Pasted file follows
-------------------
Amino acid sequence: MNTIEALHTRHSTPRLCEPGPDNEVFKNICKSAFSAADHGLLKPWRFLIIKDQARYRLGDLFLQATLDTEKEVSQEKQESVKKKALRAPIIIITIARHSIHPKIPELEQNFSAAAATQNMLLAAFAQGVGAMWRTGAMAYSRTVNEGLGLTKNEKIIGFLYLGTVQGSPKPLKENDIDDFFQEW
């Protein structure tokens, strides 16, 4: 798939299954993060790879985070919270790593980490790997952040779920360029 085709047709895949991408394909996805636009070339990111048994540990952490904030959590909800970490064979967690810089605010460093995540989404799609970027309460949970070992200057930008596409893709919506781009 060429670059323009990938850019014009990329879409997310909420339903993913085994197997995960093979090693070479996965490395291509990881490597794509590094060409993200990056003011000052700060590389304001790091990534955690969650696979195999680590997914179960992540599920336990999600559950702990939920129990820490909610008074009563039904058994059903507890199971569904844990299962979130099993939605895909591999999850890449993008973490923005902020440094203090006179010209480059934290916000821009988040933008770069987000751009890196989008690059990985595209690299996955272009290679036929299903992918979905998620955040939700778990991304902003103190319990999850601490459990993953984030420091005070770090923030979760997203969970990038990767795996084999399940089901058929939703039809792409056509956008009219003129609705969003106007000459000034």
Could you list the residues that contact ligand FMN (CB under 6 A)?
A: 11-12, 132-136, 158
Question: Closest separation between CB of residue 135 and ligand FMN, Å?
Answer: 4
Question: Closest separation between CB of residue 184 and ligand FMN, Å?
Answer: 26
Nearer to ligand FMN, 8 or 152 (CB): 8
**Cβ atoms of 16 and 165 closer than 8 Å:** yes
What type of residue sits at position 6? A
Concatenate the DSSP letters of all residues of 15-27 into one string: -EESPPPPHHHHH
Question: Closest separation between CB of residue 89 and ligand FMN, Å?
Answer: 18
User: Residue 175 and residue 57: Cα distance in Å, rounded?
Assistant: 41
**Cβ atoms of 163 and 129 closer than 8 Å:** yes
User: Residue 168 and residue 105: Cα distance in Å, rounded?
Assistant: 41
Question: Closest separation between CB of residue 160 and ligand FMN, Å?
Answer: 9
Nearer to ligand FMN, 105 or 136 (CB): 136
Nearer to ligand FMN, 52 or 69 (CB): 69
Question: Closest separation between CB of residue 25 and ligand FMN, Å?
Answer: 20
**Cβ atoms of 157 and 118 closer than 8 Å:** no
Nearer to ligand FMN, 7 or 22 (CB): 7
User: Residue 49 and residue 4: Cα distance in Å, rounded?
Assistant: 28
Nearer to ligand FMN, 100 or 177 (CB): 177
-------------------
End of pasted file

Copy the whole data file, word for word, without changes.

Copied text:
Amino acid sequence: MNTIEALHTRHSTPRLCEPGPDNEVFKNICKSAFSAADHGLLKPWRFLIIKDQARYRLGDLFLQATLDTEKEVSQEKQESVKKKALRAPIIIITIARHSIHPKIPELEQNFSAAAATQNMLLAAFAQGVGAMWRTGAMAYSRTVNEGLGLTKNEKIIGFLYLGTVQGSPKPLKENDIDDFFQEW
């Protein structure tokens, strides 16, 4: 798939299954993060790879985070919270790593980490790997952040779920360029 085709047709895949991408394909996805636009070339990111048994540990952490904030959590909800970490064979967690810089605010460093995540989404799609970027309460949970070992200057930008596409893709919506781009 060429670059323009990938850019014009990329879409997310909420339903993913085994197997995960093979090693070479996965490395291509990881490597794509590094060409993200990056003011000052700060590389304001790091990534955690969650696979195999680590997914179960992540599920336990999600559950702990939920129990820490909610008074009563039904058994059903507890199971569904844990299962979130099993939605895909591999999850890449993008973490923005902020440094203090006179010209480059934290916000821009988040933008770069987000751009890196989008690059990985595209690299996955272009290679036929299903992918979905998620955040939700778990991304902003103190319990999850601490459990993953984030420091005070770090923030979760997203969970990038990767795996084999399940089901058929939703039809792409056509956008009219003129609705969003106007000459000034």
Could you list the residues that contact ligand FMN (CB under 6 A)?
A: 11-12, 132-136, 158
Question: Closest separation between CB of residue 135 and ligand FMN, Å?
Answer: 4
Question: Closest separation between CB of residue 184 and ligand FMN, Å?
Answer: 26
Nearer to ligand FMN, 8 or 152 (CB): 8
**Cβ atoms of 16 and 165 closer than 8 Å:** yes
What type of residue sits at position 6? A
Concatenate the DSSP letters of all residues of 15-27 into one string: -EESPPPPHHHHH
Question: Closest separation between CB of residue 89 and ligand FMN, Å?
Answer: 18
User: Residue 175 and residue 57: Cα distance in Å, rounded?
Assistant: 41
**Cβ atoms of 163 and 129 closer than 8 Å:** yes
User: Residue 168 and residue 105: Cα distance in Å, rounded?
Assistant: 41
Question: Closest separation between CB of residue 160 and ligand FMN, Å?
Answer: 9
Nearer to ligand FMN, 105 or 136 (CB): 136
Nearer to ligand FMN, 52 or 69 (CB): 69
Question: Closest separation between CB of residue 25 and ligand FMN, Å?
Answer: 20
**Cβ atoms of 157 and 118 closer than 8 Å:** no
Nearer to ligand FMN, 7 or 22 (CB): 7
User: Residue 49 and residue 4: Cα distance in Å, rounded?
Assistant: 28
Nearer to ligand FMN, 100 or 177 (CB): 177